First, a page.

Berkeley, California CNN  — 

Alice Waters has an enviable kitchen.

This is unsurprising given the iconic stature of the Chez Panisse chef, yet it’s still a sight for me to behold: beautiful bowls stacked in orderly precariousness, a chef’s six-burner range with tiled backdrop, a deep double sink surrounded by plants and fresh herbs, and copper spoons of all lengths (the infamous egg spoon rests on the mantel above a roaring fireplace in the kitchen’s seating area).

Waters, who lives in Berkeley, California, is responsible for that city’s food renaissance – maybe even that of the entire Bay Area, depending on whom you ask.

In 1971, Waters opened Chez Panisse, a restaurant with a farm-to-table philosophy long before that concept became ubiquitous.

The word “legend” gets thrown around a lot, but in Waters’ case, it is fitting.

California cuisine

Alice Waters' welcomes four friends and Bay Area chefs (Cecilia Chiang is the only former chef in the group) to talk about food and the evolution of women in the dining scene.

Chez Panisse’s kitchen isn’t any less impressive than Waters’ own, and there was a time that its very layout – open to diners – was considered progressive.

This spatial arrangement, however, is hardly remarkable in 2019, where chef’s counters and seating options abound.

Waters was on to something all those years ago, and she loves the space.

“I wanted it to be a kitchen where you could really see what was happening in the dining room.” Guests, if they so choose, are welcome in the kitchen – to get a closer look at what the culinary team is doing and to diminish the distance between what’s happening on your plate and on the prep and cooking lines.

Her intention was simple: Demystify cooking at the restaurant. Visitors have an opportunity to see how pasta is made in the lower-level prep kitchen, and if they like, they can ask the server or a pantry chef about the fruit in the fruit bowl.

Chez Panisse's spatial arrangement with its open kitchen is hardly remarkable in 2019, where chef's counters and seating options abound, but it was unique in 1971 when the restaurant opened.

About that fruit bowl. It’s not ordinary.

In 2009 during my first visit to San Francisco, I took the train from San Francisco to Berkeley with the sole purpose of dining at Chez Panisse.

I don’t remember what else I ate at lunch that September day, but I’ll never forget the fruit. Ripe, both tart and sweet, juicy and aromatic – a mélange of California’s finest produce. It was the purest, simplest representation of Waters’ mission, and it was sent to me on the house. Over the course of a couple of hours, I’d shared with the server that I had waited tables in NYC; it forged a quick, easy bond, and I was rewarded with that fruit I’ll always remember.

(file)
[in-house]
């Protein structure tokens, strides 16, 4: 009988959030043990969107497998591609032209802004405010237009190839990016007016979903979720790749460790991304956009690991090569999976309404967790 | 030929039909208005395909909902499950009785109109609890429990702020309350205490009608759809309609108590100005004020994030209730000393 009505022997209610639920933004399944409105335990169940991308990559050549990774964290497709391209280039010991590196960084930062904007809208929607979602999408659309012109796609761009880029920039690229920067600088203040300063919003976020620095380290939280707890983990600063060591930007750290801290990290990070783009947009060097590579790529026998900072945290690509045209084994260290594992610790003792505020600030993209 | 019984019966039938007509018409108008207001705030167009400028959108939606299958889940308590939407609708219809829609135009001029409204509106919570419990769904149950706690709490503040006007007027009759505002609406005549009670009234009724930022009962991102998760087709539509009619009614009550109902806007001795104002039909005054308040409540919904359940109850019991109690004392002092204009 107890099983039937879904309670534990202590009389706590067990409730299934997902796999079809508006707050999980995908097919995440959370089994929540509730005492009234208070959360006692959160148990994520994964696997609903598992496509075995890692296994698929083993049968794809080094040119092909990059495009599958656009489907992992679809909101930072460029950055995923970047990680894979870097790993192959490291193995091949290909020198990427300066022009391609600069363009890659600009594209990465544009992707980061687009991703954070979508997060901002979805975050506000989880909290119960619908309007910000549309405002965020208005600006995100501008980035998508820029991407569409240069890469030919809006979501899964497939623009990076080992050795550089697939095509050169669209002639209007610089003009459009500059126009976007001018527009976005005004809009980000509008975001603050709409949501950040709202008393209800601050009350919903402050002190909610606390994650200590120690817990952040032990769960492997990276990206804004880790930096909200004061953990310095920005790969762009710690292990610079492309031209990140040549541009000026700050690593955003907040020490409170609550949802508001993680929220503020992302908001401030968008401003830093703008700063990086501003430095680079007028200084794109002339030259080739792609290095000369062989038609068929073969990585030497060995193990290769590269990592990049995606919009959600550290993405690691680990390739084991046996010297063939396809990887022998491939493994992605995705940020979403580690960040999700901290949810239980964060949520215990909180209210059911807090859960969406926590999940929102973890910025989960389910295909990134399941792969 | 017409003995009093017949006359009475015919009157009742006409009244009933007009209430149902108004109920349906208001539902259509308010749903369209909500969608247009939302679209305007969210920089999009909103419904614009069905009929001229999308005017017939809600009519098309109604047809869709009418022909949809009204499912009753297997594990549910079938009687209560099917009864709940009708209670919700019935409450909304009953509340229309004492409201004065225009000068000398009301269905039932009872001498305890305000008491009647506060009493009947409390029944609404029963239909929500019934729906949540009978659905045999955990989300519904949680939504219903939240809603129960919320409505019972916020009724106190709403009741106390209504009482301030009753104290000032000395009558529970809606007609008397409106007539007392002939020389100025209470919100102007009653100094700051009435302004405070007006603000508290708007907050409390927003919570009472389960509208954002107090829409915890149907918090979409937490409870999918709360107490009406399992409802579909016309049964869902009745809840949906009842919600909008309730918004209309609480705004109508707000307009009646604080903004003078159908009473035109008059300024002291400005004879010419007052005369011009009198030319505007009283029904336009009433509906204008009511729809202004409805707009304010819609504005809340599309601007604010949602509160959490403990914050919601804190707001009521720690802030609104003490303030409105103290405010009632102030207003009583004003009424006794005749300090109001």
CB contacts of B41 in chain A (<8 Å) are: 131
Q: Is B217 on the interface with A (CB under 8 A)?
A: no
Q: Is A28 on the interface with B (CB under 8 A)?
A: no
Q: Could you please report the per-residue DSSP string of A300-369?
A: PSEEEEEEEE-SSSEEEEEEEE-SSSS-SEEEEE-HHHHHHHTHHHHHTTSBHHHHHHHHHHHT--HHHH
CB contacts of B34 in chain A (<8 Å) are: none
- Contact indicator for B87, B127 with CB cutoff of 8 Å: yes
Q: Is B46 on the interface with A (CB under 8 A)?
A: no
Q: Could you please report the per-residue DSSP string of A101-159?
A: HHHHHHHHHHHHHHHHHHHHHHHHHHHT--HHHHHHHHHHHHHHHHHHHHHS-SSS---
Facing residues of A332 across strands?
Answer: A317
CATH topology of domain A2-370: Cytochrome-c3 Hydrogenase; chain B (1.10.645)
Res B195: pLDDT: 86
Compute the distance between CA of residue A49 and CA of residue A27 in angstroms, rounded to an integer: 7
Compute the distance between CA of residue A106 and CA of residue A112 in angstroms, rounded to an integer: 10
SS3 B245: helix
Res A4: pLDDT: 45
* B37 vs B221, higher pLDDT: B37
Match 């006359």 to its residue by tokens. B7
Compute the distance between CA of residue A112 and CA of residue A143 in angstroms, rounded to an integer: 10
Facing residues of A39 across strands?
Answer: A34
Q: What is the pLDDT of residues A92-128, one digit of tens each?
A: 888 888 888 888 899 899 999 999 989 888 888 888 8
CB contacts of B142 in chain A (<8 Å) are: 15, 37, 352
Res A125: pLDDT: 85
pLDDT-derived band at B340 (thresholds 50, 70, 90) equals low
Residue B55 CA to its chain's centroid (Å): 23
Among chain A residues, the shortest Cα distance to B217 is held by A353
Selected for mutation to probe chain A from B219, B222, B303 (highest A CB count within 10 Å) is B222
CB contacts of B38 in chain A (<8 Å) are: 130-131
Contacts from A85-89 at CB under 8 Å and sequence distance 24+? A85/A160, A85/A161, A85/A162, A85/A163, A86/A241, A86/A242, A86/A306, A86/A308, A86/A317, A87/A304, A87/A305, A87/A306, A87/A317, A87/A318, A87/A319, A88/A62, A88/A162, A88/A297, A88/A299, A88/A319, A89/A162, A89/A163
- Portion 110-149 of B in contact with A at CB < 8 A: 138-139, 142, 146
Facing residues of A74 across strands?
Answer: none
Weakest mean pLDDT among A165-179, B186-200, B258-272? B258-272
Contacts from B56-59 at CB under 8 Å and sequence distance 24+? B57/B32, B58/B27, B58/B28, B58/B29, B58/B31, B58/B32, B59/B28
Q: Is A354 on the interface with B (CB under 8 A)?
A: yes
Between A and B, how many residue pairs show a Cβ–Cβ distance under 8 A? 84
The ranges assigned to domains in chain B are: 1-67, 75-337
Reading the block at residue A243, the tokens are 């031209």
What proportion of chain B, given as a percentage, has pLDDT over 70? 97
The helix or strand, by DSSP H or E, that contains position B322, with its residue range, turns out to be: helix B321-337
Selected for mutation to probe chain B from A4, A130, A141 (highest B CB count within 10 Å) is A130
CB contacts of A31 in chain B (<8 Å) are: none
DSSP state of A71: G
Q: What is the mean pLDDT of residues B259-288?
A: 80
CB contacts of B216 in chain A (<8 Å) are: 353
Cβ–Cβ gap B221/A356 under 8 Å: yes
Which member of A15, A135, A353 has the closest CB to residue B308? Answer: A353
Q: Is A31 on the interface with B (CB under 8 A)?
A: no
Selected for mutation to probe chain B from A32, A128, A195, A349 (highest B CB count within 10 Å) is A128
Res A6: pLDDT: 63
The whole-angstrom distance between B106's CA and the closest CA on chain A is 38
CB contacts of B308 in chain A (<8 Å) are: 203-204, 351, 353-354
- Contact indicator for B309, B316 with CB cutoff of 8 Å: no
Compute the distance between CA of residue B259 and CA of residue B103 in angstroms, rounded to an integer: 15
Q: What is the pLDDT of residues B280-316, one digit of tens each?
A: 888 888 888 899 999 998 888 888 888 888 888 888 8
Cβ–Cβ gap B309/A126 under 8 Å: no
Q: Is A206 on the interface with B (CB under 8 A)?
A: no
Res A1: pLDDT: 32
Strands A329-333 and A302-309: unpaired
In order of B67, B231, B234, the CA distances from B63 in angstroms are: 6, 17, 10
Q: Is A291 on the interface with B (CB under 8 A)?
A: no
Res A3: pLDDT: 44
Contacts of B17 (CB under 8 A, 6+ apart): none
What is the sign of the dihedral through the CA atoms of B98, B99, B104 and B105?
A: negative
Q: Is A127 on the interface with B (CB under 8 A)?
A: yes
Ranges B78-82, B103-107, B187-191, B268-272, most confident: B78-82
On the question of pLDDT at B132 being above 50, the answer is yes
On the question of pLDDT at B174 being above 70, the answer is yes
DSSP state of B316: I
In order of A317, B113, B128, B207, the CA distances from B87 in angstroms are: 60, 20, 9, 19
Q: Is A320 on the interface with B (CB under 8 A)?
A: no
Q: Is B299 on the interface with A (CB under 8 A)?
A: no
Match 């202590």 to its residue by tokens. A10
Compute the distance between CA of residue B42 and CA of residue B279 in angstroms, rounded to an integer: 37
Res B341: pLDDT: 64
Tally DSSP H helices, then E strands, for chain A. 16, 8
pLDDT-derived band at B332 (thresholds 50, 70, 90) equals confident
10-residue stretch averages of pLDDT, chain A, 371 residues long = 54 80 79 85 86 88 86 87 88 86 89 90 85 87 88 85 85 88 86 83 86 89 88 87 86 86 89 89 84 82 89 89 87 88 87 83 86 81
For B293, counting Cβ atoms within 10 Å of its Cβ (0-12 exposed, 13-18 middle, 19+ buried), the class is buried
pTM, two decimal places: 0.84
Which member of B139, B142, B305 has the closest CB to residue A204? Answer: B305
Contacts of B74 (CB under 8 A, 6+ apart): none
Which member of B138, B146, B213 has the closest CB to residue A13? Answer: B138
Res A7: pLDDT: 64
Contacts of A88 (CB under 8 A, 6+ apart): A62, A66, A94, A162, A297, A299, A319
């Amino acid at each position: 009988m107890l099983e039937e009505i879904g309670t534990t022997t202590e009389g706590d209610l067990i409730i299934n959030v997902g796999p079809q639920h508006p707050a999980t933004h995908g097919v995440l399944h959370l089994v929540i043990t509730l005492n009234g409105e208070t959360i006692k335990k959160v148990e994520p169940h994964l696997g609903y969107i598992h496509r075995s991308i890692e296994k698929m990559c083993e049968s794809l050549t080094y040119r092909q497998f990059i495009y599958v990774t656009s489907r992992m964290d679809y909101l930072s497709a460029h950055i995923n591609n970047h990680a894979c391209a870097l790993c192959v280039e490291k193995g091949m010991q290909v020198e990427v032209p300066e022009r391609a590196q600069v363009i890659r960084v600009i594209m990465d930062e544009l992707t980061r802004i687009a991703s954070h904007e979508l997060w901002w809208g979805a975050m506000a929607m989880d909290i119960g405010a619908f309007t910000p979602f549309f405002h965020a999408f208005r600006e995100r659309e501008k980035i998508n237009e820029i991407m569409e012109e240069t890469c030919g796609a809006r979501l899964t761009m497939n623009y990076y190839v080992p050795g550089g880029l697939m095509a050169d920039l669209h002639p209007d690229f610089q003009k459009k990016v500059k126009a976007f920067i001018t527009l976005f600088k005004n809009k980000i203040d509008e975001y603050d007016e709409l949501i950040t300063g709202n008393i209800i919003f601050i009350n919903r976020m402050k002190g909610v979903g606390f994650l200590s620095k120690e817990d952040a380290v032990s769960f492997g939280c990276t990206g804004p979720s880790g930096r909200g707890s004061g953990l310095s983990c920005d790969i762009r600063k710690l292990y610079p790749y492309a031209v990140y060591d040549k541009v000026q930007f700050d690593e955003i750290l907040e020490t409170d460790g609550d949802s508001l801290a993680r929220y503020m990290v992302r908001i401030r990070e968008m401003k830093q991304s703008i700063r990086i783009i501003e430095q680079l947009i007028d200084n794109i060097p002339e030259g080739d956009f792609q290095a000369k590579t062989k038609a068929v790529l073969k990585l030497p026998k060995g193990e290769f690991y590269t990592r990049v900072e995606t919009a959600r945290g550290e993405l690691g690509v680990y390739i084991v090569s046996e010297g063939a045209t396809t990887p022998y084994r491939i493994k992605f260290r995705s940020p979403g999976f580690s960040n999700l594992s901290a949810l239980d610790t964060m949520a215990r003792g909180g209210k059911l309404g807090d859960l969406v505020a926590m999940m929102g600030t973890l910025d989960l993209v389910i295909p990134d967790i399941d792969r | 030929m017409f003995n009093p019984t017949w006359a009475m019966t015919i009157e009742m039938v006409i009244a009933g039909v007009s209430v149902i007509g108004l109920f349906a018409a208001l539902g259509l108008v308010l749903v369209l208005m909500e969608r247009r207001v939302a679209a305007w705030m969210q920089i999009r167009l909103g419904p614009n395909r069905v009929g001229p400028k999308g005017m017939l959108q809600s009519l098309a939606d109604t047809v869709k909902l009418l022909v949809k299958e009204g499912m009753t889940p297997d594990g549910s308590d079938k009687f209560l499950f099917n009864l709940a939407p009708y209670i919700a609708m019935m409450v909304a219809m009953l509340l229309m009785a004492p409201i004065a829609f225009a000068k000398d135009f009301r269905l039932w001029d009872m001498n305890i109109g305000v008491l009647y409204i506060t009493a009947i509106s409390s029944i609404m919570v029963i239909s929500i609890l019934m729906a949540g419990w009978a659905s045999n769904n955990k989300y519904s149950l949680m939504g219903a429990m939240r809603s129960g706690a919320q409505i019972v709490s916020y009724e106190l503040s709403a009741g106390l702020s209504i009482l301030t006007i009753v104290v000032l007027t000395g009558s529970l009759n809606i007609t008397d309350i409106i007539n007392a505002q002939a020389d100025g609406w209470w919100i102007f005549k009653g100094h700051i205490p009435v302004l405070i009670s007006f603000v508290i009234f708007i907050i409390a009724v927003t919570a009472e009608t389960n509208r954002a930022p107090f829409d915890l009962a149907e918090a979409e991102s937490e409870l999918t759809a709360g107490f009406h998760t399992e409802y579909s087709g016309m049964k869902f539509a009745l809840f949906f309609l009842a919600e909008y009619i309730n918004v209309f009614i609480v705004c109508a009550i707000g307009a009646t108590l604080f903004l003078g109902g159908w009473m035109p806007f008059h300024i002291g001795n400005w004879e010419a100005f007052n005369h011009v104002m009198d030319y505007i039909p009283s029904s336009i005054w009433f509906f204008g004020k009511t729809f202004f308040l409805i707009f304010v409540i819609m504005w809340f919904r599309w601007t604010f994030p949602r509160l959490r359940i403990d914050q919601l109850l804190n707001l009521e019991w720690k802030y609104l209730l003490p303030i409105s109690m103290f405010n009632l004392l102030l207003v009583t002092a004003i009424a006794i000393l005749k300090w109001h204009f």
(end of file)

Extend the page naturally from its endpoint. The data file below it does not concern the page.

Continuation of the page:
Waters, who has always had a vision for everything at the restaurant, from the unadorned fruit bowl dessert to the wooden banquettes, had enlisted architect and woodworker Kip Mesirow to turn the stucco house into the comfortable, lived-in but not kitschy dining rooms of Chez Panisse and Chez Panisse Cafe, the more casual, budget-friendly sibling.

Ballet moves

Alice Waters, at home in her Berkeley kitchen, is calm even in the midst of entertaining.

Waters is a soothing presence, calm even when acting with urgency to prepare her kitchen, her dish and herself before the others arrive. Waters is hosting a blue-ribbon group of four other influential women chefs (and friends) – Tanya Holland, Dominique Crenn, Gabriela Camara and Cecilia Chiang – for an elegant potluck serving as both family meal and exchange of ideas.

She is used to a bustling pace – snagging a reservation at Chez Panisse is still considered an art – and she’s got hospitality deep in her bones.

The practice of serving diners, fostering their love of local and seasonal, is something Waters has been doing for decades.

Of her kitchen staff at Chez Panisse, Waters says, “I call it a ballet.”

Plating is performed with the help of beautiful instruments, to be expected, given the high caliber of ingredients on the daily changing menus. It’s a point of service of which Waters is proud.

Slow food experience

Alice Waters has opened her Berkeley home to Bay Area industry leaders and pioneers; each has brought a dish to share.

Waters is also proud of her early commitment to fresh food, the likes of which she first experienced in Paris in the 1960s.

Local, seasonal – these words had not yet reached US kitchens in any significant way. The modest Waters credits the early success of Chez Panisse with what it wasn’t: a fast food experience.

“When they stopped the war, I felt so empowered, as part of this kind of counterculture community. I just figured I could do whatever I wanted to do and there would be people that would come and support me in that way. Certainly this restaurant was born out of that spirit.”

Like any chef worth their (finishing) salt, Waters says she was looking for taste.

Local and seasonal and straight from the farm: Waters is the one who started it all.

This basic desire to truly taste the raw ingredients led Waters to the doorsteps of local organic producers and farmers. She says she didn’t consciously become part of the farm-to-table movement. She just wanted ripe fruit.

It wouldn’t be long before Waters would desire salad. A real salad, like the kind she ate in France, picked straight from the farm and delivered to the plate. “I went to France when I was 19, and it changed my life.”

And so she brought salad, lightly dressed leaves meant to taste like the earth, to Chez Panisse.

Waters brought the spirit of France to her California restaurant – along with dogged determination.

“You have to be the change you want to make,” Waters says, and coming from her, in this context and with her history, it doesn’t sound at all cliche.